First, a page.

I also feel that I really got the feel for the whole “Olympic experience”. I went a few days early before I had to forerun to watch some of the other events with my family. I was incredibly impressed with all the events I saw. Each one was exciting and incredible in its own way. We saw the Men’s Big Hill ski jump qualifications, the Women’s Cross Country 15km combined, the Men’s Two Man Bobsled and the Men’s GS Alpine race. It is incredible to watch these sports live. You can’t help but be captivated by the endurance of the women in x-country, the power and speed built up during the bobsled and the how far the ski jumpers fly. Each is more spectacular live than ever imagined when watching on TV.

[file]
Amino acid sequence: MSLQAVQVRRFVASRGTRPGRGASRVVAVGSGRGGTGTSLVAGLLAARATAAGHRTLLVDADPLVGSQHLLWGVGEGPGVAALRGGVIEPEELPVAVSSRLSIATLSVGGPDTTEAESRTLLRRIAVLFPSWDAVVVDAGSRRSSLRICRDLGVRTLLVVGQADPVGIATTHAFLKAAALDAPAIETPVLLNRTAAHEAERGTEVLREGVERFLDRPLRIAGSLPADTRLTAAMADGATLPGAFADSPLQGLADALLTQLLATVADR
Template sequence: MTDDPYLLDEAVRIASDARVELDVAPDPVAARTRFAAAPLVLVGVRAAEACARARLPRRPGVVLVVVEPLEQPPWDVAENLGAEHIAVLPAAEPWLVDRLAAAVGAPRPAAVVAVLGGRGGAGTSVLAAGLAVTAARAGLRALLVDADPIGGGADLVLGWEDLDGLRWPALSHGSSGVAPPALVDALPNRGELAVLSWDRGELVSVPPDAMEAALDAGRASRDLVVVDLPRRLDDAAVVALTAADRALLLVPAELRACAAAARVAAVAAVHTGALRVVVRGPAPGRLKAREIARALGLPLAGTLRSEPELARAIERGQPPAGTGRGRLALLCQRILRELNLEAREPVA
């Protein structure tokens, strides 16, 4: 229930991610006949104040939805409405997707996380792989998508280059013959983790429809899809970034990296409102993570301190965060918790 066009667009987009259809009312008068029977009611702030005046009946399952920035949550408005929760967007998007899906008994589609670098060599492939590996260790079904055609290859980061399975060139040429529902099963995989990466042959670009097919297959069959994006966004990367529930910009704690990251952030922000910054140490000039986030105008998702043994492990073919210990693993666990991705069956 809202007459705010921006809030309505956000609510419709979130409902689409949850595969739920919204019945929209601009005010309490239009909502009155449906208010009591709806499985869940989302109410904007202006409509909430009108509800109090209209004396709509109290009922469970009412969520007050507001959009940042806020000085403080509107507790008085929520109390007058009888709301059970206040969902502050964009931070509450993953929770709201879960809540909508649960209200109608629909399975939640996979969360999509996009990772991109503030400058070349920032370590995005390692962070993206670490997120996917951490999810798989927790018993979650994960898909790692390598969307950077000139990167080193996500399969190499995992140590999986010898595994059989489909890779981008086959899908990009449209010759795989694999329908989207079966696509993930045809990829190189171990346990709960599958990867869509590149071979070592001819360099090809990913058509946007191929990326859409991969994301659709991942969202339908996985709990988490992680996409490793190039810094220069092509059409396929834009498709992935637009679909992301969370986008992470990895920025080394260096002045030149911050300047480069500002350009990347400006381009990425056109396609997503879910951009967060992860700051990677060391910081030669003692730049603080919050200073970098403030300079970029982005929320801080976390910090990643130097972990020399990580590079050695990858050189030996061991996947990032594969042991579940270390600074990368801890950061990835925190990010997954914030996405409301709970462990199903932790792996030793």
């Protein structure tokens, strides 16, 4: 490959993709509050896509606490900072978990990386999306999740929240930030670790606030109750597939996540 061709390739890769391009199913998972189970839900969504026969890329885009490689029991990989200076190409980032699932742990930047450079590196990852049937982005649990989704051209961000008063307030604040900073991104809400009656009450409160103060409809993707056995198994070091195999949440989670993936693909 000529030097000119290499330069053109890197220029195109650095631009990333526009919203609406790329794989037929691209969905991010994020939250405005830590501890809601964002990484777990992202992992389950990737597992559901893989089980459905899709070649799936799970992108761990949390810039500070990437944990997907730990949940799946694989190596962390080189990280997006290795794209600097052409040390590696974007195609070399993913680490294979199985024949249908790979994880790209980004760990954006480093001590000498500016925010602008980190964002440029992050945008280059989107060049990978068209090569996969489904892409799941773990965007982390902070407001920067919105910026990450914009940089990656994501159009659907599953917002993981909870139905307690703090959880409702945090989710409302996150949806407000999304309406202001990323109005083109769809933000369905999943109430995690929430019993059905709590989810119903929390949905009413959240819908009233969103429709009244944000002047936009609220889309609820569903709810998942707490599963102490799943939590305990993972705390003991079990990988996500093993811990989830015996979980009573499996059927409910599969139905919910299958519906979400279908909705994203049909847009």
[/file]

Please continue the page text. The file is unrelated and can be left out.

Having the Olympics in our own backyard made it more accessible to Canadians and really brought the amazing spirit of the games to Canada. It allowed young athletes the chance to discover what it will be like to compete on that stage and gave young Canadian children new dreams to achieve. These games seemed to be incredibly inclusive. For instance I was a part of a large group of BC athletes that were invited to the Closing Ceremonies. The athletes included past and future Olympians. Being able to watch the closing of the biggest and most successful event in Canada with a group of high performance athletes like myself was incredible.

Hope you are having a great winter and watching the paralympics ! Canadian Josh Dueck came second yesterday in the Slalom! Congratulations!